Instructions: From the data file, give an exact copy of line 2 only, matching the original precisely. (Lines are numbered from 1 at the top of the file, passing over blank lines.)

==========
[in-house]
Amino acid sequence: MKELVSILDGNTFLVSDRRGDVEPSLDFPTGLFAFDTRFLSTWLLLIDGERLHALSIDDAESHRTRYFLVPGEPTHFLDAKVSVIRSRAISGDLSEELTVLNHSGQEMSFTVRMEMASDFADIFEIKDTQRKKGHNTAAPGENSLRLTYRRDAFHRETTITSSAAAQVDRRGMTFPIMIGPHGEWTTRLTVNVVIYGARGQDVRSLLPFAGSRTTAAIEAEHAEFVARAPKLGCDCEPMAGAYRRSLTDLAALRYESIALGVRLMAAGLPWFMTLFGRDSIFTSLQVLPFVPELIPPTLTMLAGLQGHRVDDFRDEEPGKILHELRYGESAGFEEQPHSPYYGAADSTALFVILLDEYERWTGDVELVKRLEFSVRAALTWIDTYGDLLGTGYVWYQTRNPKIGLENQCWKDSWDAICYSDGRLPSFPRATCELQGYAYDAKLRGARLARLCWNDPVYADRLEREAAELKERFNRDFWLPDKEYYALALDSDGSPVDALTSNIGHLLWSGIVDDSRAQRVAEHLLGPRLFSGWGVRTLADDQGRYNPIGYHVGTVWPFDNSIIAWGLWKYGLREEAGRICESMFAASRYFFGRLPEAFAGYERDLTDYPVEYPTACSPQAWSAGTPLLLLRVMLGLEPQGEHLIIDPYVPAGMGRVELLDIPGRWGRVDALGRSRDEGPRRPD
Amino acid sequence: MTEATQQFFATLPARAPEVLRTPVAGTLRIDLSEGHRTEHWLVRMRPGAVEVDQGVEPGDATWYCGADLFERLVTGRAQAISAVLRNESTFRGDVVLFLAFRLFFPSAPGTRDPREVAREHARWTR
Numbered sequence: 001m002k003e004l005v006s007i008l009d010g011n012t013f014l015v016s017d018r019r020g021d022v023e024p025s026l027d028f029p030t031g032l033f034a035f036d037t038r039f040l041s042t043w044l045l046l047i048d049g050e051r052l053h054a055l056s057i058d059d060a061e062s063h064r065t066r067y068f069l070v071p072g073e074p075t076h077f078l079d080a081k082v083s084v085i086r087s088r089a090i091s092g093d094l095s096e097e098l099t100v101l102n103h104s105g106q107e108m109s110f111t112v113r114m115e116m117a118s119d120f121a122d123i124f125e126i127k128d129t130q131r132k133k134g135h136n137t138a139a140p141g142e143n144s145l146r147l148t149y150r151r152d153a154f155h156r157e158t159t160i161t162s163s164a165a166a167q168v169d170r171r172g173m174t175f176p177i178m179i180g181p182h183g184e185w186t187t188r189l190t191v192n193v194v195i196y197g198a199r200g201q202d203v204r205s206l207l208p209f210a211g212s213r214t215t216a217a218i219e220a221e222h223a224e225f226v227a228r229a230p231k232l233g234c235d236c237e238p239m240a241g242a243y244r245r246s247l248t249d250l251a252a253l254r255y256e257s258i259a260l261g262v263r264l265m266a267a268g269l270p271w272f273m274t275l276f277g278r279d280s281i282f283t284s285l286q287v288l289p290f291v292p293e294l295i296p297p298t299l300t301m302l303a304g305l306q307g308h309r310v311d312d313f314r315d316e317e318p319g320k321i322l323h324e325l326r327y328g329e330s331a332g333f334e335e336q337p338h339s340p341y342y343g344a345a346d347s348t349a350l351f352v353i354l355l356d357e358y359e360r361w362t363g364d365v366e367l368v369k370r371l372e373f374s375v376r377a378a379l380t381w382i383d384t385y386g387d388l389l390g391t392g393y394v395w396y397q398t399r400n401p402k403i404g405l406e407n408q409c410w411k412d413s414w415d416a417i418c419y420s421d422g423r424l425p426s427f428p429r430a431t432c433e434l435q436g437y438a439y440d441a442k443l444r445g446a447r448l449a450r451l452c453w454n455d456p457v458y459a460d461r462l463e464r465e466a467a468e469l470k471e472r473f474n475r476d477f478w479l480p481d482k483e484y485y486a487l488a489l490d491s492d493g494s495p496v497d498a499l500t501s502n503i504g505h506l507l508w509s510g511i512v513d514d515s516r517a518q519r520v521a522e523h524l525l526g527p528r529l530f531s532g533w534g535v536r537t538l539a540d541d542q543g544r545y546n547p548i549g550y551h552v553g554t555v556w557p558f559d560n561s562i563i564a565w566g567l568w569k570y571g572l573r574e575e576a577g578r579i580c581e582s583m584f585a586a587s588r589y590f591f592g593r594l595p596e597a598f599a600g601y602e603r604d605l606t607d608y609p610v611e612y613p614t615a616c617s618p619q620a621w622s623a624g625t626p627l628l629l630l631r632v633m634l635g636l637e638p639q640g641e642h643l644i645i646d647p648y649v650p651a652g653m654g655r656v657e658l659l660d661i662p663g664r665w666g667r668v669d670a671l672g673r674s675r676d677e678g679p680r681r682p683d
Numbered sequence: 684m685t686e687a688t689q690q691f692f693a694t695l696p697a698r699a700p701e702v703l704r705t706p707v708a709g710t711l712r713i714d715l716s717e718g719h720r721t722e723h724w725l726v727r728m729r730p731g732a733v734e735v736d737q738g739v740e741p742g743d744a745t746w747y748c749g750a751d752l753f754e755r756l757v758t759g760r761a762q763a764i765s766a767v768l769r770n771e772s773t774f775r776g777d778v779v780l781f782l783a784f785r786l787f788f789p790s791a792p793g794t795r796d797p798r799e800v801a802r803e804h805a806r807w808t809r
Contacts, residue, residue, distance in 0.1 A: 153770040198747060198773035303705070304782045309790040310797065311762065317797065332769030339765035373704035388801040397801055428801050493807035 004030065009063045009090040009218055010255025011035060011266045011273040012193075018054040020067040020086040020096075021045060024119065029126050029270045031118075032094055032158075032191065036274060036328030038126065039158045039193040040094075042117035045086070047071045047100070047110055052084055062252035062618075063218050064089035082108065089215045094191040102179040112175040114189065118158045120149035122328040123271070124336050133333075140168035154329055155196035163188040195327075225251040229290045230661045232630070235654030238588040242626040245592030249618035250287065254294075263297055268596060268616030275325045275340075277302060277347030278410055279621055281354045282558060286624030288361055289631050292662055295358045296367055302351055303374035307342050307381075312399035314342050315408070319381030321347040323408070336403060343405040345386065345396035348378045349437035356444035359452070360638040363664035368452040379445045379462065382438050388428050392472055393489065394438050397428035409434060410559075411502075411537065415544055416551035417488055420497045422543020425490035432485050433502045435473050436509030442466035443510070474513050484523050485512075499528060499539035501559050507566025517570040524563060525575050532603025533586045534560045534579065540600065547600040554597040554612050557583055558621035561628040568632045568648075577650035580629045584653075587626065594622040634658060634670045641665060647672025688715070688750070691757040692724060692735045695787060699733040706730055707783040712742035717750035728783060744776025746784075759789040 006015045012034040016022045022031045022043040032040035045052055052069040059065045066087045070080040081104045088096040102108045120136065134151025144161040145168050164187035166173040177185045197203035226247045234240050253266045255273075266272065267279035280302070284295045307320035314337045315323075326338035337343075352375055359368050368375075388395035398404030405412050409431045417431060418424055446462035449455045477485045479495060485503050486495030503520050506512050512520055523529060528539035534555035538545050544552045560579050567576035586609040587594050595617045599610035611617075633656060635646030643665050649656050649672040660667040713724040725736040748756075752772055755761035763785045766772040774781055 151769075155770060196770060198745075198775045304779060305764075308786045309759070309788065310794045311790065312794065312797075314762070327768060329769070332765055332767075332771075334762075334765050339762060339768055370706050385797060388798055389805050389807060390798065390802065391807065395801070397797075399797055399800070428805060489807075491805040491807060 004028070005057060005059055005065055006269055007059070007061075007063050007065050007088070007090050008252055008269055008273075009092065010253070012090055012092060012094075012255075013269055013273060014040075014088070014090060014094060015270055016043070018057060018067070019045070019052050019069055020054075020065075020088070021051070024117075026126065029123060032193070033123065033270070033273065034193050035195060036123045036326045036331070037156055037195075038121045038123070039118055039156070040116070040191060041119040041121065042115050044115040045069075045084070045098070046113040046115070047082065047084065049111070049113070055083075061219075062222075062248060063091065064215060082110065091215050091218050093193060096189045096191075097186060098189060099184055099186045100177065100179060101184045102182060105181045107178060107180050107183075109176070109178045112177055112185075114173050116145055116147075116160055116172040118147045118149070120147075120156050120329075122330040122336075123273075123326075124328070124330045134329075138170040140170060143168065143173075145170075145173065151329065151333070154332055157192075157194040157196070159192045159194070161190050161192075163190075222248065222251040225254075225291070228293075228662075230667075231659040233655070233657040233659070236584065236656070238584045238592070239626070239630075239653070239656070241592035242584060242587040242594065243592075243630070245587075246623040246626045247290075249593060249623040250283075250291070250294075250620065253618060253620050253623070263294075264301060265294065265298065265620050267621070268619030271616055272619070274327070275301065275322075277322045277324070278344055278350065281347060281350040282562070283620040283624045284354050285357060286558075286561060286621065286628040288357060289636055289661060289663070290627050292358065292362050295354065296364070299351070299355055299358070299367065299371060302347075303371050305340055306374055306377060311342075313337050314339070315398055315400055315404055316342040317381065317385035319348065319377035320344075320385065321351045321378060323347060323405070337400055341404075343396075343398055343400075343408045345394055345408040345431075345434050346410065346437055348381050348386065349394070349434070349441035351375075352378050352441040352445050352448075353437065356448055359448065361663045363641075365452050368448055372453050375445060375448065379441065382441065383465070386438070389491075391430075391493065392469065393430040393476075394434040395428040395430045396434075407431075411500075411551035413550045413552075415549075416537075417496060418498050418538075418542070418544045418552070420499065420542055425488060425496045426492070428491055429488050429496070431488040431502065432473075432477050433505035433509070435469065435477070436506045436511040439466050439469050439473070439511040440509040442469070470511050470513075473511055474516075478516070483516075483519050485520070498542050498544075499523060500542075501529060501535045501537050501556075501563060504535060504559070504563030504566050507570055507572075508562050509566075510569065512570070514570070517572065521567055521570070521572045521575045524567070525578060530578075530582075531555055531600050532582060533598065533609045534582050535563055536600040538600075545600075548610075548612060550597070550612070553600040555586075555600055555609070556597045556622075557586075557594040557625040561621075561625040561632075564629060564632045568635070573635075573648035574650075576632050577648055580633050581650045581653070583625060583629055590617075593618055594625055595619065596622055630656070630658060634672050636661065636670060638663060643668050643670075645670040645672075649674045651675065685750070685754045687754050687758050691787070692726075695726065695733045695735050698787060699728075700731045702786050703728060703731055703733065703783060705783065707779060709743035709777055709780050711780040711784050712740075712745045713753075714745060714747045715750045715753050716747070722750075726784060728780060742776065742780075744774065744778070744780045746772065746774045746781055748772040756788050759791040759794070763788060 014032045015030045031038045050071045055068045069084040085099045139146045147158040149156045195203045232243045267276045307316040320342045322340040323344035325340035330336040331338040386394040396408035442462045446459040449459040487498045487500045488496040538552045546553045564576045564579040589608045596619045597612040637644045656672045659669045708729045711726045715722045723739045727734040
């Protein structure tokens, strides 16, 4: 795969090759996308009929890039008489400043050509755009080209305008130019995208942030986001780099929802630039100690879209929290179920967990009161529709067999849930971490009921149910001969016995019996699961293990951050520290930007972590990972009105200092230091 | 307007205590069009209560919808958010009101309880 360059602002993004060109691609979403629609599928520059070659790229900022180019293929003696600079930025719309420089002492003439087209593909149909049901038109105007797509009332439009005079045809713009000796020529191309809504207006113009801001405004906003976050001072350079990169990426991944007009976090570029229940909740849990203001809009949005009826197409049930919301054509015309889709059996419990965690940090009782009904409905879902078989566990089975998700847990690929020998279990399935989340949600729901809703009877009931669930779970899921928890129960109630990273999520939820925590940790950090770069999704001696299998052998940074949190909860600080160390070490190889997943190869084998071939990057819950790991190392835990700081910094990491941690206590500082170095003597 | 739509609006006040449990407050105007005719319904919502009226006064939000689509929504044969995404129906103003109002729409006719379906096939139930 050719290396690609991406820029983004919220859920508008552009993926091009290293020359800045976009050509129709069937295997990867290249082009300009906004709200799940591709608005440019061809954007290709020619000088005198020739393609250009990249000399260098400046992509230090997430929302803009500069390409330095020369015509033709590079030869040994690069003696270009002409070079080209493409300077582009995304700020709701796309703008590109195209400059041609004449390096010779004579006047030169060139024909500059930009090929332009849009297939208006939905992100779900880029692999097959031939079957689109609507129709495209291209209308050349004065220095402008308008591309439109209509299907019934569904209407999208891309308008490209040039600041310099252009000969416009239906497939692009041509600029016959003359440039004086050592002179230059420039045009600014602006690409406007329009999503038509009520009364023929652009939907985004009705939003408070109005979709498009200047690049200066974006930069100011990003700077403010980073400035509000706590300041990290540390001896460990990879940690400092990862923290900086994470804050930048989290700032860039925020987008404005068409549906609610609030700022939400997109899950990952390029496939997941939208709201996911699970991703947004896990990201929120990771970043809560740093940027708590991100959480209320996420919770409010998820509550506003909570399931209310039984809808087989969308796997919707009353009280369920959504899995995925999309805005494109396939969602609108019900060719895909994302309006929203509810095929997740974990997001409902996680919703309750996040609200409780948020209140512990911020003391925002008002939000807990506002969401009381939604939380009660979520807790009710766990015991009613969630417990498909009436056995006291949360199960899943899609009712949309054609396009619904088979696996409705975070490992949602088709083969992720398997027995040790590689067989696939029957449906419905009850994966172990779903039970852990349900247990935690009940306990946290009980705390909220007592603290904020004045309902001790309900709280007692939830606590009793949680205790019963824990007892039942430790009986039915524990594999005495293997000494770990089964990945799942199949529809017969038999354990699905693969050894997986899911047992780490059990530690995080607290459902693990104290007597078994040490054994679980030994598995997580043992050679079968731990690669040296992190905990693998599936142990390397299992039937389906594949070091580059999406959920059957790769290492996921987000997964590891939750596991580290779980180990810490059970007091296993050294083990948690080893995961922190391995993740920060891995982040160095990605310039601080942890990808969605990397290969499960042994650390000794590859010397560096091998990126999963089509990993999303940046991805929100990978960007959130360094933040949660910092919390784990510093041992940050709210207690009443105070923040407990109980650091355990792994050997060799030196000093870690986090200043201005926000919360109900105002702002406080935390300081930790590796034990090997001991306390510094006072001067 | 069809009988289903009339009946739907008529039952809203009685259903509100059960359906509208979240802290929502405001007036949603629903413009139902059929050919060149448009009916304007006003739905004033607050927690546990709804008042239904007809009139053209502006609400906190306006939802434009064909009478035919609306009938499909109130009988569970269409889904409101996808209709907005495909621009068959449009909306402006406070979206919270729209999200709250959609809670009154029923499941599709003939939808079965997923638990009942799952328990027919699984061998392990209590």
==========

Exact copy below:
Amino acid sequence: MKELVSILDGNTFLVSDRRGDVEPSLDFPTGLFAFDTRFLSTWLLLIDGERLHALSIDDAESHRTRYFLVPGEPTHFLDAKVSVIRSRAISGDLSEELTVLNHSGQEMSFTVRMEMASDFADIFEIKDTQRKKGHNTAAPGENSLRLTYRRDAFHRETTITSSAAAQVDRRGMTFPIMIGPHGEWTTRLTVNVVIYGARGQDVRSLLPFAGSRTTAAIEAEHAEFVARAPKLGCDCEPMAGAYRRSLTDLAALRYESIALGVRLMAAGLPWFMTLFGRDSIFTSLQVLPFVPELIPPTLTMLAGLQGHRVDDFRDEEPGKILHELRYGESAGFEEQPHSPYYGAADSTALFVILLDEYERWTGDVELVKRLEFSVRAALTWIDTYGDLLGTGYVWYQTRNPKIGLENQCWKDSWDAICYSDGRLPSFPRATCELQGYAYDAKLRGARLARLCWNDPVYADRLEREAAELKERFNRDFWLPDKEYYALALDSDGSPVDALTSNIGHLLWSGIVDDSRAQRVAEHLLGPRLFSGWGVRTLADDQGRYNPIGYHVGTVWPFDNSIIAWGLWKYGLREEAGRICESMFAASRYFFGRLPEAFAGYERDLTDYPVEYPTACSPQAWSAGTPLLLLRVMLGLEPQGEHLIIDPYVPAGMGRVELLDIPGRWGRVDALGRSRDEGPRRPD